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Comment: Re:EA (Score 2) 76

by afidel (#49756563) Attached to: How Cities: Skylines Beat SimCity At Its Own Game

Public companies can also have a mechanism to halt a hostile takeover, it's called a poison pill. Generally it involves some kind of massive payoff to the current staff, but it can also be the automatic issuance of new stock which dilutes the holdings of the company attempting to do the acquisition. The first known use of the latter technique that I'm aware of was the Westinghouse corporation which issued massive amounts of stock when JP Morgan tried to take them over, ultimately providing them with enough money to complete the Niagara power station project.

Comment: Re:Seems obvious now (Score 3, Insightful) 214

Yeah, I read TFS as a big giant "holy cow are police forces actually this damned stupid?"

How can these idiots take themselves seriously when they have such monumentally idiotic ideas? And why should they expect us to take them seriously?

You're talking about someone who managed to make it his paid, full-time job to write X-File fanfic and hang out at Star Trek conventions, most likely putting everything on a government expense account. The word you're looking for isn't "stupid", it's "brilliant".

Comment: Re:North Pole (Score 1) 484

by Minwee (#49743403) Attached to: The Brainteaser Elon Musk Asks New SpaceX Engineers

What is the circumference of a circle with radius r? It is (Pi * r^2), of course.. So a circle with radius of 1 mile would have a circumference of (Pi * 1 * 1).

I'm just going to skip the bit about you calling someone else braindead and asking them to turn in their geek card for displaying poor math skills and leave this bit here while we move on to the bonus round.

In your own words, what is the relationship between the radius and circumference of a circle? Please be precise, as your geek card is at stake here.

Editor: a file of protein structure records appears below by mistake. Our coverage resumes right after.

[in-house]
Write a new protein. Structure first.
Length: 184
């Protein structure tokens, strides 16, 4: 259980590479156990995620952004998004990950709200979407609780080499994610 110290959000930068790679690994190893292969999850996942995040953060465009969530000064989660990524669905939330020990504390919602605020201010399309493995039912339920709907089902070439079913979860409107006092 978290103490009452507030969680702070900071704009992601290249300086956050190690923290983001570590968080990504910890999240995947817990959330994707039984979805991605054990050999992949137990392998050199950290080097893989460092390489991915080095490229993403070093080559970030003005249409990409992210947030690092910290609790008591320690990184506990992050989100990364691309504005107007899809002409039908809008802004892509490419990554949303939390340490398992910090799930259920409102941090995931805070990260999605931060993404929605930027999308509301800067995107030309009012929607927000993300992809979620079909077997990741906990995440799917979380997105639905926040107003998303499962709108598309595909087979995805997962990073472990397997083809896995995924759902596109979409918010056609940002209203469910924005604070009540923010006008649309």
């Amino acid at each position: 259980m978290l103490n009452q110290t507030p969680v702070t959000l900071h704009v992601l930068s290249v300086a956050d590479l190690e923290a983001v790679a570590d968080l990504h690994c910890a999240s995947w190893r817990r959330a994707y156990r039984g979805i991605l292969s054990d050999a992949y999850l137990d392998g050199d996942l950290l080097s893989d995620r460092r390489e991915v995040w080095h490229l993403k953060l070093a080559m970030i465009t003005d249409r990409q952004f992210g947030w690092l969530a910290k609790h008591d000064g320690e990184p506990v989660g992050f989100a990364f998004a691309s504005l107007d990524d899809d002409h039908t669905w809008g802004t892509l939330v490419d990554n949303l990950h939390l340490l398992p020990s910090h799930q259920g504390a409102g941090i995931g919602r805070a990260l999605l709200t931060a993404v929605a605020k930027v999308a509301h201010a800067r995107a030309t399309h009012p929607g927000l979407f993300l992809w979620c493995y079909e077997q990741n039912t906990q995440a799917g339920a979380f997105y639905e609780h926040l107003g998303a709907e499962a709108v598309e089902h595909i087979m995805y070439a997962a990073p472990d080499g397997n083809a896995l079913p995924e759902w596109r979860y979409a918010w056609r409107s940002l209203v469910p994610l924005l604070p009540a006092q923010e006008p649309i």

Comment: Re:Threatens security (Score 3, Interesting) 97

by afidel (#49738561) Attached to: Do Russian Uranium Deals Threaten World Supply Security?

Exactly, just last week I was reading about a proposed Canadian mine that was vetoed by the native council, not due to environmental concerns, but because of uncertainty over environmental impact in the future because current and projected prices didn't actually support opening the mine in the near term but the company looking for approval was looking for a 50 year lease on the land. If Russia ties up a lot of the world supply and shuts down mines they own then the price will rise and mines like that one will come online, it's not like they're going to take over so much of the world supply that we'll be shutting down reactors due to lack of fuel. The real fear I'm sure is that Westinghouse and GE and their suppliers will have to pay more for yellowcake in order to produce their overpriced fuel rods.

Comment: Re:Government Intrusion (Score 4, Interesting) 823

by afidel (#49735965) Attached to: Oregon Testing Pay-Per-Mile Driving Fee To Replace Gas Tax

Since it's primarily weight per axle that determines the wear caused on the roads, and the point of the tax is to maintain roads, it seems logical that heavier vehicles, whether they be SUV's or big sedans like the Tesla, should be charged more. It's not like a Leaf is particularly heavy (it's basically the same weight as the similarly sized Chevy Cruze).

Where there's a will, there's an Inheritance Tax.